Bill Black (among other things, author of The Best Way to Rob a Bank is to Own One) was the guest on Virtually Speaking with Jay Ackroyd, but technical difficulties in the early minutes of the show led to Albert Gainsborough stepping in to fill some airtime with a few words about Modern Monetary Theory (MMT). Both are worth listening to. Black explains the argument the Very Serious People are having: We have to impose austerity to avoid austerity. (BTW, Bill and Jay have missed the boat on the difference between "outsourcing" and "privatization". Both involve paying other entities to do your institution's job, but privatization is when the government does it while pretending they have simply sold the entire enterprise to a private firm while continuing to subsidize it, largely by continuing to take responsibility for the things that make it work. It should also be noted that Margaret Thatcher's "selling" of utilities involved practically paying commercial entities to take them off "the government's" hands. There is simply a limit to how many sweeteners you can lard a deal with before it becomes obvious that your goal has nothing to do with trying to make money. And much of "privatized" industry in the UK is still directly subsidized; they just don't admit it.)
Cliff Schecter and David Dayen were panelists on Virtually Speaking Sundays. (And Why Neil Borofsky should be made head of the SEC - and won't be.)
Kristof took a break from bemoaning the sad fate of people in foreign lands to tell us the sad fate of Americans who are helped by the US government. This earned him Atrios' coveted Wanker of the Day award and The Worst Person In The World on the same day, thanks to these stunning words: "Our poverty programs do rescue many people, but other times they backfire. Some young people here don't join the military (a traditional escape route for poor, rural Americans) because it's easier to rely on food stamps and disability payments." More from Pierce. Kristof made my skin crawl even before there was an internet.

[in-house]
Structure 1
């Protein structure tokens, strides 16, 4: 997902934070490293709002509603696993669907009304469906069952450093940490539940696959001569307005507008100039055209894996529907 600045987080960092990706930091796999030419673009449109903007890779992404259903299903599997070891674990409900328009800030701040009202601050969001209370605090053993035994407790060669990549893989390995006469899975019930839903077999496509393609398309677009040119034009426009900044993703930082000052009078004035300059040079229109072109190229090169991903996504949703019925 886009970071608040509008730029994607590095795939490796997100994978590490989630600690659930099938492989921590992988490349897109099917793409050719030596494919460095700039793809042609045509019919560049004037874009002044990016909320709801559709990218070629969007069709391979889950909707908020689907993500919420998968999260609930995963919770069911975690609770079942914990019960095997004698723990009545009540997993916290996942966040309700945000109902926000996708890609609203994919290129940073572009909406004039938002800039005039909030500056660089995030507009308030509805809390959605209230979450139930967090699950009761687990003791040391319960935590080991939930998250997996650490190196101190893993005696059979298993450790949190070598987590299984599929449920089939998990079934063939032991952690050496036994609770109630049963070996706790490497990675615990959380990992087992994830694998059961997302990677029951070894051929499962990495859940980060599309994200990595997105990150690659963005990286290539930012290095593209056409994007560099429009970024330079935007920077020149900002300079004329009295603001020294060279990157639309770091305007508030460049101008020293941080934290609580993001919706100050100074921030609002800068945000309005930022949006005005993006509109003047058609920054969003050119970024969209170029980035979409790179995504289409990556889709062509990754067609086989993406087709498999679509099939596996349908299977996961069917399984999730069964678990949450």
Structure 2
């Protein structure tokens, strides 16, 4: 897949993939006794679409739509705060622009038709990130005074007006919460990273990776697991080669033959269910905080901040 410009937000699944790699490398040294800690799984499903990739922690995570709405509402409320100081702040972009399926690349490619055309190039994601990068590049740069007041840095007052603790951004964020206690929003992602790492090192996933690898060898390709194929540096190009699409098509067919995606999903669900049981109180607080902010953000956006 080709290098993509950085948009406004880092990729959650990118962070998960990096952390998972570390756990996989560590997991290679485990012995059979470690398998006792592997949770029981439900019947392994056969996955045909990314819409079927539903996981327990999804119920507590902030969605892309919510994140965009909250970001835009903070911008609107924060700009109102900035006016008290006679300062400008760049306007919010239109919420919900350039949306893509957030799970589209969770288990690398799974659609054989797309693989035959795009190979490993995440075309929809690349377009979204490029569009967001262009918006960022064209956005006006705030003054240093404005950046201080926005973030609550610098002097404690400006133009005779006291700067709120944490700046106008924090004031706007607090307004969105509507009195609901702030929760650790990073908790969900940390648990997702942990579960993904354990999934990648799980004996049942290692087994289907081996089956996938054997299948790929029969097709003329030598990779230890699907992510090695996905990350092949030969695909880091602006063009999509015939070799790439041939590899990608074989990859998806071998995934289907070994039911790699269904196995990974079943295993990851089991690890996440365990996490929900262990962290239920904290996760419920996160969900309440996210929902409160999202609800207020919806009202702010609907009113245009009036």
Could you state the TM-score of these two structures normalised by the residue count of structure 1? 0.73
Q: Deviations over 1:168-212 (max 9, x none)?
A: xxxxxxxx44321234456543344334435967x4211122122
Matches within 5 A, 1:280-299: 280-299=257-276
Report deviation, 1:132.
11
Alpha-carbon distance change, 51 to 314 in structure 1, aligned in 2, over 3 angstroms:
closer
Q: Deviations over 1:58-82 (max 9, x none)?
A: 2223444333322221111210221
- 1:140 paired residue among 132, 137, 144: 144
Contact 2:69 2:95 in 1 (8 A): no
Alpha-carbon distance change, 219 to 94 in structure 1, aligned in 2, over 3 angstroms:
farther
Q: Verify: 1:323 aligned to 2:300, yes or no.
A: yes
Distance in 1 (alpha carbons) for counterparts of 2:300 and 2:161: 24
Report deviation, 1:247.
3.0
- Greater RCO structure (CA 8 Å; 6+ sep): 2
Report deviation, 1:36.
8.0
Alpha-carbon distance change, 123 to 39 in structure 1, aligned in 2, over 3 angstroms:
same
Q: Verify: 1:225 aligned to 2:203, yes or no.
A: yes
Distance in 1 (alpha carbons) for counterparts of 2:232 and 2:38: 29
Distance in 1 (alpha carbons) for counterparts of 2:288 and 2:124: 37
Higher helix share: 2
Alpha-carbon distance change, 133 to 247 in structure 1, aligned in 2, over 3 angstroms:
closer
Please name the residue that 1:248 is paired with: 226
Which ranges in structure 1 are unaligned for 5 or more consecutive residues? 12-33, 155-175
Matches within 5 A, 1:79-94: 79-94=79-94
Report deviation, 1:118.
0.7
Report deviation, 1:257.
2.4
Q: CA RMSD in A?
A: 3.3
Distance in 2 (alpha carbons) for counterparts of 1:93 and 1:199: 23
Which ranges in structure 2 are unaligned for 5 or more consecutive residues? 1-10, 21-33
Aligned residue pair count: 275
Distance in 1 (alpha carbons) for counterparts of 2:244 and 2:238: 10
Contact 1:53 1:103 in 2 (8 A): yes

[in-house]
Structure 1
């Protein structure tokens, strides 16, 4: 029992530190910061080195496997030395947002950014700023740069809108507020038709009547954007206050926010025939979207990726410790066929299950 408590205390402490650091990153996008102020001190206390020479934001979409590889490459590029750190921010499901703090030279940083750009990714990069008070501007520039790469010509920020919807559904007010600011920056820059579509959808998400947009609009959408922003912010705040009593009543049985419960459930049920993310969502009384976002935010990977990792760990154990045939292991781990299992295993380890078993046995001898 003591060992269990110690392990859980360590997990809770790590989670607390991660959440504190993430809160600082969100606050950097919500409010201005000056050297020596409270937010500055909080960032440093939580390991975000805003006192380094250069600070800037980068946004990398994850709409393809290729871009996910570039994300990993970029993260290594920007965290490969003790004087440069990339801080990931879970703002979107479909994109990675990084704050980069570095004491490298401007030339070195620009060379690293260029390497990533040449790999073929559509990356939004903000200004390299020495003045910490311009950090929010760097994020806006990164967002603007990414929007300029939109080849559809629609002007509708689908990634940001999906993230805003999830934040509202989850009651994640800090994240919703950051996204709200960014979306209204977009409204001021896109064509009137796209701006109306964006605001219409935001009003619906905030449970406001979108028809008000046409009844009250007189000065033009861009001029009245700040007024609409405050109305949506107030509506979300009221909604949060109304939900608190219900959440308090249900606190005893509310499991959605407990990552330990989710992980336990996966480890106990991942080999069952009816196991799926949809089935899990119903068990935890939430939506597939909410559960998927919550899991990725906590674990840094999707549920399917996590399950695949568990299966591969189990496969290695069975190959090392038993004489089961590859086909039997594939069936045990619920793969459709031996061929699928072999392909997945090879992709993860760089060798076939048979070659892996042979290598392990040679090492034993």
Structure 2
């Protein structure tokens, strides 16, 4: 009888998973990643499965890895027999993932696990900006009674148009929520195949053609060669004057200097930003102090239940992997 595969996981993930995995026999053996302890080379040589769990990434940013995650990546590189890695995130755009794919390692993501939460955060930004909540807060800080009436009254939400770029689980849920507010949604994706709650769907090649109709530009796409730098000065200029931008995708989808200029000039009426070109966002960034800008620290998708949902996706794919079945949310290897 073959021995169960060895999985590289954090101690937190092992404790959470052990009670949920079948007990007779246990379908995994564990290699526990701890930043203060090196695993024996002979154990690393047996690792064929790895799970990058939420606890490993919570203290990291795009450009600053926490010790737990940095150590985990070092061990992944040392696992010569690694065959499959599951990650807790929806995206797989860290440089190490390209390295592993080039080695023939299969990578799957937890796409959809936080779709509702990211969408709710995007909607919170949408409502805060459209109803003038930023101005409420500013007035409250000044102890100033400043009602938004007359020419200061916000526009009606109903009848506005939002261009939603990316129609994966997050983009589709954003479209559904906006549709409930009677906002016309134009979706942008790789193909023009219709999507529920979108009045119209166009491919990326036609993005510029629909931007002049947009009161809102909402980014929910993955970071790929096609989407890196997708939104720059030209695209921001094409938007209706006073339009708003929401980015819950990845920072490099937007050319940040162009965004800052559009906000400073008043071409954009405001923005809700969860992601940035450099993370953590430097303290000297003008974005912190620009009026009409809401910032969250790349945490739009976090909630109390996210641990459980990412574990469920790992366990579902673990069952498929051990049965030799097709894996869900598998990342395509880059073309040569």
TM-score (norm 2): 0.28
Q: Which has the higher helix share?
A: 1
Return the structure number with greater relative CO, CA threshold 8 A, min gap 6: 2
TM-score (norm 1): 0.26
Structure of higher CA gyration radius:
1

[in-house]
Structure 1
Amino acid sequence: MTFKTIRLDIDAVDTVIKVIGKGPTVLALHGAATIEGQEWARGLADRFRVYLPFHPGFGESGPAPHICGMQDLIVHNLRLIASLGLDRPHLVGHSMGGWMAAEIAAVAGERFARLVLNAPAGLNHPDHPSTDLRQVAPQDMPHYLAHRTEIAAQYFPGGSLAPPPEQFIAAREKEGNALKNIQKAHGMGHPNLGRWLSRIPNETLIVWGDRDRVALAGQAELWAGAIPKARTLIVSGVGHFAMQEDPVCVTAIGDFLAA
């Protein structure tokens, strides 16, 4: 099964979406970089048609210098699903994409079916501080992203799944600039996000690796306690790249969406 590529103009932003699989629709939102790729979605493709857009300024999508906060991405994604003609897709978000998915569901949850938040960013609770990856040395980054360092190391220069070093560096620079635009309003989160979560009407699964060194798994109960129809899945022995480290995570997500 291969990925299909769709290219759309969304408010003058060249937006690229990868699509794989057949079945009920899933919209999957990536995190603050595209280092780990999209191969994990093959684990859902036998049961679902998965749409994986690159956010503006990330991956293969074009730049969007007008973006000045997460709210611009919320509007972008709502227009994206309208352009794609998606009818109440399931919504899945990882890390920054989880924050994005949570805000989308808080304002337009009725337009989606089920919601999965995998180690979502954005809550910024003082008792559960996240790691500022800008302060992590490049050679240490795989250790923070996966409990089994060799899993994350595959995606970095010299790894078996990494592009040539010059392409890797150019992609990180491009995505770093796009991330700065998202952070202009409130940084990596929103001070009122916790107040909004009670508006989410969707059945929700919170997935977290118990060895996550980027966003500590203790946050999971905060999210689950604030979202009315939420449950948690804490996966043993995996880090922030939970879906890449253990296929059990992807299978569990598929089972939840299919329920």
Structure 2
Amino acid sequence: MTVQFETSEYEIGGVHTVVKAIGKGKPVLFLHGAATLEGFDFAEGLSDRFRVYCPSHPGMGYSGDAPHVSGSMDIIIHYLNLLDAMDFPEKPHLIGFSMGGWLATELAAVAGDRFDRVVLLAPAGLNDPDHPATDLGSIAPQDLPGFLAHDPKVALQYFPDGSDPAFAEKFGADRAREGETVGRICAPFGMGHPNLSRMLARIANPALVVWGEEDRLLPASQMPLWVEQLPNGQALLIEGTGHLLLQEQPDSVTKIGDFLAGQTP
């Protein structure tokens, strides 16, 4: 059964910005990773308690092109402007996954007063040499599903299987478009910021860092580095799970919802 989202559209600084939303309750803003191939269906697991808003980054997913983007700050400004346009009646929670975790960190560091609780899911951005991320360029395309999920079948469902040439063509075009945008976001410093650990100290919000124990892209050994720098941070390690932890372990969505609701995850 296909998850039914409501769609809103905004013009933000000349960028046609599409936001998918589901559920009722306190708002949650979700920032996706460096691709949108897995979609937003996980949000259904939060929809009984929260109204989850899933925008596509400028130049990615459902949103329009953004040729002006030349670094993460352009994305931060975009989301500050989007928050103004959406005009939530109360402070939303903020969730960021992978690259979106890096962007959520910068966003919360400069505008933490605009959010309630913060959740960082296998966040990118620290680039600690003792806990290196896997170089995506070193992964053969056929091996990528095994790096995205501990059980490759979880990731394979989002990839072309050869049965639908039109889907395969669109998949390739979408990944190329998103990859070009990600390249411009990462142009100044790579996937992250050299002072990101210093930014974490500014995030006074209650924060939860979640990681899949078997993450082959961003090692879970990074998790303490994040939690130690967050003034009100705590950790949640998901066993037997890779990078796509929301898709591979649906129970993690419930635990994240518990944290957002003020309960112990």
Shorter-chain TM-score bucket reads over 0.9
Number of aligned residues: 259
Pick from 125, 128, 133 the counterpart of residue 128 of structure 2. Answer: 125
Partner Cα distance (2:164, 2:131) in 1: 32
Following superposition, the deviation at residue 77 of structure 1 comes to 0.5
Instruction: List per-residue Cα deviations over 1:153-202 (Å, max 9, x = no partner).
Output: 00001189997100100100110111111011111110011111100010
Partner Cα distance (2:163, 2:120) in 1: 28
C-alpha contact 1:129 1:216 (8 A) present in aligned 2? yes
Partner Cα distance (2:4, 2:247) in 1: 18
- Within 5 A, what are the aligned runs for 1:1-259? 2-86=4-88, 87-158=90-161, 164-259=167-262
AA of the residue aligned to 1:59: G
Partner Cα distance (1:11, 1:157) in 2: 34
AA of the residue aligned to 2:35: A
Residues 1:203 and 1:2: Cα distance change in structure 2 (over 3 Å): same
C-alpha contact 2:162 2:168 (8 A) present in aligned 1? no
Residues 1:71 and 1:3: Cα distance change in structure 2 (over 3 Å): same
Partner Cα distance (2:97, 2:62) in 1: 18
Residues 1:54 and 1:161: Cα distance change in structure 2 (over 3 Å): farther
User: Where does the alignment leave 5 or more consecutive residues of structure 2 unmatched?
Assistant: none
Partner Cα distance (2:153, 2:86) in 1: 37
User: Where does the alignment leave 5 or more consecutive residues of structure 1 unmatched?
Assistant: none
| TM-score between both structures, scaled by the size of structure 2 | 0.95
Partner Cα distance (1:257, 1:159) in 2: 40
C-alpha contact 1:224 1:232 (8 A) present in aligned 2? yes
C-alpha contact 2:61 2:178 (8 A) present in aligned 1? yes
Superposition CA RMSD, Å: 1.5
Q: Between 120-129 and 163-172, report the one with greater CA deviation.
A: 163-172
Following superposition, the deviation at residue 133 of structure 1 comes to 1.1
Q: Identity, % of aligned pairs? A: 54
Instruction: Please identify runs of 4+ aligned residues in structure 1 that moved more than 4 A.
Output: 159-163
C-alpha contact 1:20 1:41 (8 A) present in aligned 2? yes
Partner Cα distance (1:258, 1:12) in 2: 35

"Nobody Has To Own It: The real reason for bipartisan deals is so Congress can pass horrible things that the public hates and it isn't clear who you can blame. Throw in a bunch of retiring members of Congress in a lame duck session, and you have a recipe for accountability-free democracy. Otherwise known as not democracy." - Atrios
Also: State lawmakers find out why people use birth control.
Why the US is so far behind on solar power. Even in Britain people are powering their entire homes with solar, and it's not like we get all that much sunlight here. But protecting the energy monopolies is more important to Americans' "representatives" in government, lately, so they make it as hard as possible for you to do that.
Michael Hoexter at Naked Capitalism, "Obama and Boehner's Grand Bargain: : Gullible Democrats are Falling for the Ol' 'Good Cop, Bad Cop' Routine." (And don't forget to click this link.)
Obama's quest for bipartisanship has been in part the quest for a 'bad cop' who would push his agenda in a manner so that his 'good cop' image could remain relatively unsullied in the view of the public and perhaps even to himself. It is likely that Obama thinks of himself as essentially a pragmatist without political allegiance to a fundamental ideology or vision, a man who simply moves society and its constellation of social forces along as they seem to tend rather than push them according to commitments to abstract principles that would bend the trajectory of society. However to be this pragmatist and also a political leader, he has the need to be perceived by others as representing 'larger than self' ideals, even though he himself may not share those ideals.